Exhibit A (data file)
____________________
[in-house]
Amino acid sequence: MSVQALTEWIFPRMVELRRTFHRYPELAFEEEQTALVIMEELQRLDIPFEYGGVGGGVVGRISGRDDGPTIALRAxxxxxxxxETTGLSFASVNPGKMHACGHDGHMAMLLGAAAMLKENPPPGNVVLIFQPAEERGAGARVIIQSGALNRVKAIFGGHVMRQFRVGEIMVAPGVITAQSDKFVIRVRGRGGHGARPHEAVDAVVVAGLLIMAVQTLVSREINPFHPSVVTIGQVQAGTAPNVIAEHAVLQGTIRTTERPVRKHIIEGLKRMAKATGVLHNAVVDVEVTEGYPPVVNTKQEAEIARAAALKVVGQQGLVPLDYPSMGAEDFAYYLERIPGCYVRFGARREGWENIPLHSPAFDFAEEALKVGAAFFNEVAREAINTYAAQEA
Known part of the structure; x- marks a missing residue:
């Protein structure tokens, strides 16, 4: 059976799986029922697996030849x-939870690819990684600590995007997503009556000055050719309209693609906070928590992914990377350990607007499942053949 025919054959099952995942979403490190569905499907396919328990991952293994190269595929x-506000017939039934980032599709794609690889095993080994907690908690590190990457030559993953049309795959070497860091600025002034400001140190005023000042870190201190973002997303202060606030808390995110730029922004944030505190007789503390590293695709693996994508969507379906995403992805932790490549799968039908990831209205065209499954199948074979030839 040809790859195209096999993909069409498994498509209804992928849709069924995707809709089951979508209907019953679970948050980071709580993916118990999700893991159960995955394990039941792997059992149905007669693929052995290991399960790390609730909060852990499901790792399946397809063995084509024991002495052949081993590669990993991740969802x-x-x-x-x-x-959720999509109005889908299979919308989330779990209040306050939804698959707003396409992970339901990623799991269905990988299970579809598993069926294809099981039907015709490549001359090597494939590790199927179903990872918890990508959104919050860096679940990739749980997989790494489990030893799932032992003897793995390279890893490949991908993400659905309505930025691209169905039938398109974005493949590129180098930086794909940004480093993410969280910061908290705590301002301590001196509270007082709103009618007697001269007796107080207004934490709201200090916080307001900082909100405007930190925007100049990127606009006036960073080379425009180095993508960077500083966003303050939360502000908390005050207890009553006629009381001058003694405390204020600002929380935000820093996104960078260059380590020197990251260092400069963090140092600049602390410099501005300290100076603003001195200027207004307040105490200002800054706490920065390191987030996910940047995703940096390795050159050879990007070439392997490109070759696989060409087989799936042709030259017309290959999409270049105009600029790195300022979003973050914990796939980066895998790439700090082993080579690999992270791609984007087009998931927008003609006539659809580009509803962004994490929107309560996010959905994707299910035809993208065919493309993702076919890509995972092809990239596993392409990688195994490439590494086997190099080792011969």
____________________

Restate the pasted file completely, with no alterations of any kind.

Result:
[in-house]
Amino acid sequence: MSVQALTEWIFPRMVELRRTFHRYPELAFEEEQTALVIMEELQRLDIPFEYGGVGGGVVGRISGRDDGPTIALRAxxxxxxxxETTGLSFASVNPGKMHACGHDGHMAMLLGAAAMLKENPPPGNVVLIFQPAEERGAGARVIIQSGALNRVKAIFGGHVMRQFRVGEIMVAPGVITAQSDKFVIRVRGRGGHGARPHEAVDAVVVAGLLIMAVQTLVSREINPFHPSVVTIGQVQAGTAPNVIAEHAVLQGTIRTTERPVRKHIIEGLKRMAKATGVLHNAVVDVEVTEGYPPVVNTKQEAEIARAAALKVVGQQGLVPLDYPSMGAEDFAYYLERIPGCYVRFGARREGWENIPLHSPAFDFAEEALKVGAAFFNEVAREAINTYAAQEA
Known part of the structure; x- marks a missing residue:
């Protein structure tokens, strides 16, 4: 059976799986029922697996030849x-939870690819990684600590995007997503009556000055050719309209693609906070928590992914990377350990607007499942053949 025919054959099952995942979403490190569905499907396919328990991952293994190269595929x-506000017939039934980032599709794609690889095993080994907690908690590190990457030559993953049309795959070497860091600025002034400001140190005023000042870190201190973002997303202060606030808390995110730029922004944030505190007789503390590293695709693996994508969507379906995403992805932790490549799968039908990831209205065209499954199948074979030839 040809790859195209096999993909069409498994498509209804992928849709069924995707809709089951979508209907019953679970948050980071709580993916118990999700893991159960995955394990039941792997059992149905007669693929052995290991399960790390609730909060852990499901790792399946397809063995084509024991002495052949081993590669990993991740969802x-x-x-x-x-x-959720999509109005889908299979919308989330779990209040306050939804698959707003396409992970339901990623799991269905990988299970579809598993069926294809099981039907015709490549001359090597494939590790199927179903990872918890990508959104919050860096679940990739749980997989790494489990030893799932032992003897793995390279890893490949991908993400659905309505930025691209169905039938398109974005493949590129180098930086794909940004480093993410969280910061908290705590301002301590001196509270007082709103009618007697001269007796107080207004934490709201200090916080307001900082909100405007930190925007100049990127606009006036960073080379425009180095993508960077500083966003303050939360502000908390005050207890009553006629009381001058003694405390204020600002929380935000820093996104960078260059380590020197990251260092400069963090140092600049602390410099501005300290100076603003001195200027207004307040105490200002800054706490920065390191987030996910940047995703940096390795050159050879990007070439392997490109070759696989060409087989799936042709030259017309290959999409270049105009600029790195300022979003973050914990796939980066895998790439700090082993080579690999992270791609984007087009998931927008003609006539659809580009509803962004994490929107309560996010959905994707299910035809993208065919493309993702076919890509995972092809990239596993392409990688195994490439590494086997190099080792011969």